In the face of Trump’s growing unpopularity, the Democratic Party has confined its actual opposition to Trump to one subject: the alleged Russian government intervention in the 2016 US election, which allows them to attack Trump as insufficiently hostile to Moscow, while suppressing all other issues in a flood of McCarthy-style Russia-baiting.
In the anti-Russia campaign, the Democrats have acted as the spokesmen for the military-intelligence apparatus, where there is adamant opposition to any lessening of US military-diplomatic pressure on Russia, particularly in relation to the Syrian civil war.
On economic issues, there is ample room for the Democrats to form an alliance with Trump on the basis of his espousal of economic nationalism and trade warfare—long a staple of the Democratic Party—and his advocacy of a major cut in corporate taxes.
Schumer has already dropped broad hints about the possible outline of a deal on taxes. When Trump began campaigning last week for a tax-cut plan—still not yet in a finished form—Schumer replied by opposing a cut in tax rates for the top 1 percent, while leaving wide open the possibility an agreement to cut corporate tax rates, the principal demand of Wall Street and big business.
The Senate Democratic leader, who has collected more campaign money from Wall Street than any other non-presidential candidate, sounded the same theme after the deal on the debt ceiling. “The bottom line is we have a lot of issues to come together on,” he said, a clear reference to tax cuts. “It almost always works out best in a bipartisan way when we can do those issues together.”
White House legislative director Marc Short made it clear, in return, that Trump was thinking along the same lines. He said that the “bipartisan solution” to the impending deadlines for the debt ceiling and the federal budget authorization (September 30) meant that Congress could devote the next several months to enacting tax cuts. “We believe that helping to clear the decks in September enables us to focus on tax reform,” he said.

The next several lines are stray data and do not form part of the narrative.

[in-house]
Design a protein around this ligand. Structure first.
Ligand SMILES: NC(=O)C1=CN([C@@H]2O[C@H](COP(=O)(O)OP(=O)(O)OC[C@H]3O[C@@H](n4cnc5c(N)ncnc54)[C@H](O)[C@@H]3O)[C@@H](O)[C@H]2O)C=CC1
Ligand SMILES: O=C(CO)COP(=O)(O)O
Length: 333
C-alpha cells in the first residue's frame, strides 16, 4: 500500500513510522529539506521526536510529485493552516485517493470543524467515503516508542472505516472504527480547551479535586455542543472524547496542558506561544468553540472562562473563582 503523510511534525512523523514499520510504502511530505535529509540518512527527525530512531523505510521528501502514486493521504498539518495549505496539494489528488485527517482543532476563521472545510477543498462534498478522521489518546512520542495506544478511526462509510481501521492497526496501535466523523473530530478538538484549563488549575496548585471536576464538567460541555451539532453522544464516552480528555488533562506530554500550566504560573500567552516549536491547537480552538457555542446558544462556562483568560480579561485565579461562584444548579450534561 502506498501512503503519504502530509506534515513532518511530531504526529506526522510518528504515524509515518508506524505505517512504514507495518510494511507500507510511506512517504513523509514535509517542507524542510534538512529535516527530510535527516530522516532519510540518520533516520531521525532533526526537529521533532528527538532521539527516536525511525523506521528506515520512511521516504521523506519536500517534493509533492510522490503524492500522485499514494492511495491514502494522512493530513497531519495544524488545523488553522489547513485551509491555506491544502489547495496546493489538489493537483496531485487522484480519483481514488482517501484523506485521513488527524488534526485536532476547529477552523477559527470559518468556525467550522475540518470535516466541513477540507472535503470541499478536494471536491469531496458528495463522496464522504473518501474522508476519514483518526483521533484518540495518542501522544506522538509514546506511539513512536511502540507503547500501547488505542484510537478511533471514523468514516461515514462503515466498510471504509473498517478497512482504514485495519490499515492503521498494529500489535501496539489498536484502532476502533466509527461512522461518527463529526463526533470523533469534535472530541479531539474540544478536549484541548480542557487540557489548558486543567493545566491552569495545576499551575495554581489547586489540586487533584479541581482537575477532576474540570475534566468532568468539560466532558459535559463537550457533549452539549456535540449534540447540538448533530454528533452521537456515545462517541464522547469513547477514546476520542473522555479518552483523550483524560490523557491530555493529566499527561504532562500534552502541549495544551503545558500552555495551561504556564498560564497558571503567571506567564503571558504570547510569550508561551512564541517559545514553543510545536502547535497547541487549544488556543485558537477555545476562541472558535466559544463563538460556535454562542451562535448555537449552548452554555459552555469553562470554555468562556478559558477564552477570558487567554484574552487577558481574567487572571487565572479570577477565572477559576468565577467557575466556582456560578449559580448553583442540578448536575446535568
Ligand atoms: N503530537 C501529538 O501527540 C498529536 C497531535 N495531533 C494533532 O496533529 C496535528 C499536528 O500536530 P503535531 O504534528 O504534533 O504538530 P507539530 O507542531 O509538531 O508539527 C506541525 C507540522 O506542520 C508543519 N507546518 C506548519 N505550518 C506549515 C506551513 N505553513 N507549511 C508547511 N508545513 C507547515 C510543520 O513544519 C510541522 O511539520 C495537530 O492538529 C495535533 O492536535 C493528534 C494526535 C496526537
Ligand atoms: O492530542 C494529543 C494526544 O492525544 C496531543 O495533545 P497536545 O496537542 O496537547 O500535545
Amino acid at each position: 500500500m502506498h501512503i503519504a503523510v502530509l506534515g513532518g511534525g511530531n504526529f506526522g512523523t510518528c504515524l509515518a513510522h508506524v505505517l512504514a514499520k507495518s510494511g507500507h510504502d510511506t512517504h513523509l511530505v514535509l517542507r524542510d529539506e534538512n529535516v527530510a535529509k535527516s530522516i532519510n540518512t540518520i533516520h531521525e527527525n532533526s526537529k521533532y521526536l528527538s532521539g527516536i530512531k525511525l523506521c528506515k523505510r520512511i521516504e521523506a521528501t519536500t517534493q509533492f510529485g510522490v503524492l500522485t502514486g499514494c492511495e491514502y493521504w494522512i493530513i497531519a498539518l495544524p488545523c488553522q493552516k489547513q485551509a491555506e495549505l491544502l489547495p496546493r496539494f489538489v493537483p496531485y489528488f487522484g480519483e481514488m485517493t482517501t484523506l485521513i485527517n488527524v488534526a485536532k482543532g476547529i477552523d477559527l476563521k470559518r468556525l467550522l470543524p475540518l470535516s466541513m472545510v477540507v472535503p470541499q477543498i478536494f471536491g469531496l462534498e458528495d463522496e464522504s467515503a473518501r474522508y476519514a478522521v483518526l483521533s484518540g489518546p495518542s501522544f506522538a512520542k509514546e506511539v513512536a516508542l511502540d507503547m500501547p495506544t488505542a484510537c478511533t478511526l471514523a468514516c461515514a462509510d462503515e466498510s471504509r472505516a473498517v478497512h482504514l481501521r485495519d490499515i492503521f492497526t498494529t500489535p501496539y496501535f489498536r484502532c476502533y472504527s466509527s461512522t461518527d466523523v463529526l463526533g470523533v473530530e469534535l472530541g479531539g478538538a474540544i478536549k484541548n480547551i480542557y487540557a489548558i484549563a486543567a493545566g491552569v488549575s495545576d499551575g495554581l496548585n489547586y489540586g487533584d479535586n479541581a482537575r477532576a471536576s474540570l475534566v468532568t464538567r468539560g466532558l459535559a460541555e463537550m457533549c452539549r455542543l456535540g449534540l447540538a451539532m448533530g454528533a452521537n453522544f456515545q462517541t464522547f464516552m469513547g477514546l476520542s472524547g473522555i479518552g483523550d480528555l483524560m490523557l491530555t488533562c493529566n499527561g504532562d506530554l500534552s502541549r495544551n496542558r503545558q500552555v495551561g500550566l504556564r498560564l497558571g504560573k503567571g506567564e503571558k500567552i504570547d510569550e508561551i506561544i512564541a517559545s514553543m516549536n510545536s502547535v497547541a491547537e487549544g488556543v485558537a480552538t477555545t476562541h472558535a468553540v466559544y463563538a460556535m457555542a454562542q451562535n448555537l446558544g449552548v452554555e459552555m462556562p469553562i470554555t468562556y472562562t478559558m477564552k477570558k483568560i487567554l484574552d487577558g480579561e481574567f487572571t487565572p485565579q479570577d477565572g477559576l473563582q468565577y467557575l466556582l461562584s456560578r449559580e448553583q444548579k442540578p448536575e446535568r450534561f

Trump himself followed up the White House meeting with congressional leaders by traveling to North Dakota for a campaign-style rally devoted to tax cuts. He was accompanied on Air Force One by Democratic Senator Heidi Heitkamp of North Dakota, and Trump invited Heitkamp to take a bow at his rally, calling her a “good woman.”
Heitkamp, who is up for reelection next year, was one of three Democrats refusing to sign a statement, circulated by Schumer, opposing Republican plans to push through a tax cut using the “reconciliation” procedure that requires only a simple majority rather than 60 votes.
Until the deal between Trump and the Democrats, the business press had been filled with increasingly gloomy forecasts that tax-cut legislation would be blocked by conflicts provoked by the budget and debt ceiling deadlines, as well as the necessity to reauthorize the federal flood insurance program, particularly in the wake of Hurricane Harvey, and the Children’s Health Insurance Program. Both of these programs have to be reauthorized by Congress before the end of September.
Now a Schumer-Trump deal is being celebrated as the means of reviving the project of slashing corporate taxes. The biggest lies here are being spread by the New York Times and Washington Post, which have spearheaded the anti-Russia campaign in collaboration with the intelligence agencies, and are now swinging into action to hail the alliance of the Democrats and Trump.
Thursday’s Washington Post carried a column headlined “Is Trump launching a ‘different presidency’ with Democrats?” This piece suggested that Trump was carrying out a long-hoped-for shift away from the Republican ultra-right.
Not to be outdone, the New York Times published a news analysis the same day, headlined, “To Allies’ Chagrin, Trump Swerves Left,” hailing the Trump-Schumer-Pelosi deal as “a significant tactical change” that “will give Democrats increased leverage in coming negotiations.” The article also suggested that Trump was reversing his position on rescinding DACA and urging Congress to legalize the program.
The Times and the Post, along with the Democratic Party, are afraid above all that the actions of Trump could spark social upheavals in the working class—and it is for this reason that they are moving to prop up the administration.